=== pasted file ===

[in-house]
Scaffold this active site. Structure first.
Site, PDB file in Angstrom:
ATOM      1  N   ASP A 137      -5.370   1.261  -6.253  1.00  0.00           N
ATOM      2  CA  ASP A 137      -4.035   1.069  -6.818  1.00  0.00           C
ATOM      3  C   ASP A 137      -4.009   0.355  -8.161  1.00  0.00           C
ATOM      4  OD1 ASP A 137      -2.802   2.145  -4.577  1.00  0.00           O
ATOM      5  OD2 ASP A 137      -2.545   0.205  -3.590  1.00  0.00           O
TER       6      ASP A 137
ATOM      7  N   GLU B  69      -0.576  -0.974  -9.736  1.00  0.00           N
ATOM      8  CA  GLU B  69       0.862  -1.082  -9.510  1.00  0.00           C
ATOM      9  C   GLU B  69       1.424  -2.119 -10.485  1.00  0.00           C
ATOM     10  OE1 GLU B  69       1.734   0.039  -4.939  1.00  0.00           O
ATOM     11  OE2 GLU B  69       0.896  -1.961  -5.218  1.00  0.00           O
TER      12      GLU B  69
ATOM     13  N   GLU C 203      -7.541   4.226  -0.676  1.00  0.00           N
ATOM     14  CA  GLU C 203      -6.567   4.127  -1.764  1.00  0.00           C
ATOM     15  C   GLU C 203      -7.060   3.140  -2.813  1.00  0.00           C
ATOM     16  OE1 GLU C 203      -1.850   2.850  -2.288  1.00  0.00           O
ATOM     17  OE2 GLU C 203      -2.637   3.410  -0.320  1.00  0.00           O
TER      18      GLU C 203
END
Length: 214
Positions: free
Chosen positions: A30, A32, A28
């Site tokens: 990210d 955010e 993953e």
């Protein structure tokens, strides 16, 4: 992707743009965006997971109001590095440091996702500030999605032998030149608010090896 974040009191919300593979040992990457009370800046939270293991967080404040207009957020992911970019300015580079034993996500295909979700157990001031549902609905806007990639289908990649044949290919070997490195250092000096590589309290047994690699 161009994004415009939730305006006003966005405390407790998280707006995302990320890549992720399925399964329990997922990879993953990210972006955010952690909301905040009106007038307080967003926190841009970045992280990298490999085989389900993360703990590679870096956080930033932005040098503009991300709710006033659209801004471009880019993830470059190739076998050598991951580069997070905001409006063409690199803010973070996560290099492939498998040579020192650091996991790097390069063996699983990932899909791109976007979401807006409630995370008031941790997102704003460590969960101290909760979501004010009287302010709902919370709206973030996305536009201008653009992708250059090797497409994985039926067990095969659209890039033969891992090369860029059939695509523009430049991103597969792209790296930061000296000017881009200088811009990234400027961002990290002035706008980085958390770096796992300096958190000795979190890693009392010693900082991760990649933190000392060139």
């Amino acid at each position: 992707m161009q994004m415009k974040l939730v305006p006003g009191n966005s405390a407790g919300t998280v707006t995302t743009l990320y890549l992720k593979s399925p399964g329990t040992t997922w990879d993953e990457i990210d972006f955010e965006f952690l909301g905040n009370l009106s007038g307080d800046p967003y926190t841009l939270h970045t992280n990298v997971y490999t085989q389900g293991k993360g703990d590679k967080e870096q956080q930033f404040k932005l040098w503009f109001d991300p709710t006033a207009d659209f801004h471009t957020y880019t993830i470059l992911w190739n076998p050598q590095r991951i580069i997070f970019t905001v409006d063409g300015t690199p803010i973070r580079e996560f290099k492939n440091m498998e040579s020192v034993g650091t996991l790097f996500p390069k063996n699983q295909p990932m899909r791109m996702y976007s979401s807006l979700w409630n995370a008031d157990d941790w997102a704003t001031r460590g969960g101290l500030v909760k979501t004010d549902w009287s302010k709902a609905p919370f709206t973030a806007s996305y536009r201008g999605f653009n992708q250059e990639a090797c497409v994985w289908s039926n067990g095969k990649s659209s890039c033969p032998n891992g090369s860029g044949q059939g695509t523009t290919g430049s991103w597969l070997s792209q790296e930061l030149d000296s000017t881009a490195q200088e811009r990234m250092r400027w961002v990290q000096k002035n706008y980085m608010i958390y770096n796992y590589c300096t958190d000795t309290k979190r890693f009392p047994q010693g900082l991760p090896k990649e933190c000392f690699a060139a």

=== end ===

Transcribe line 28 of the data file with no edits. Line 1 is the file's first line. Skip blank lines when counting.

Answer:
């Amino acid at each position: 992707m161009q994004m415009k974040l939730v305006p006003g009191n966005s405390a407790g919300t998280v707006t995302t743009l990320y890549l992720k593979s399925p399964g329990t040992t997922w990879d993953e990457i990210d972006f955010e965006f952690l909301g905040n009370l009106s007038g307080d800046p967003y926190t841009l939270h970045t992280n990298v997971y490999t085989q389900g293991k993360g703990d590679k967080e870096q956080q930033f404040k932005l040098w503009f109001d991300p709710t006033a207009d659209f801004h471009t957020y880019t993830i470059l992911w190739n076998p050598q590095r991951i580069i997070f970019t905001v409006d063409g300015t690199p803010i973070r580079e996560f290099k492939n440091m498998e040579s020192v034993g650091t996991l790097f996500p390069k063996n699983q295909p990932m899909r791109m996702y976007s979401s807006l979700w409630n995370a008031d157990d941790w997102a704003t001031r460590g969960g101290l500030v909760k979501t004010d549902w009287s302010k709902a609905p919370f709206t973030a806007s996305y536009r201008g999605f653009n992708q250059e990639a090797c497409v994985w289908s039926n067990g095969k990649s659209s890039c033969p032998n891992g090369s860029g044949q059939g695509t523009t290919g430049s991103w597969l070997s792209q790296e930061l030149d000296s000017t881009a490195q200088e811009r990234m250092r400027w961002v990290q000096k002035n706008y980085m608010i958390y770096n796992y590589c300096t958190d000795t309290k979190r890693f009392p047994q010693g900082l991760p090896k990649e933190c000392f690699a060139a």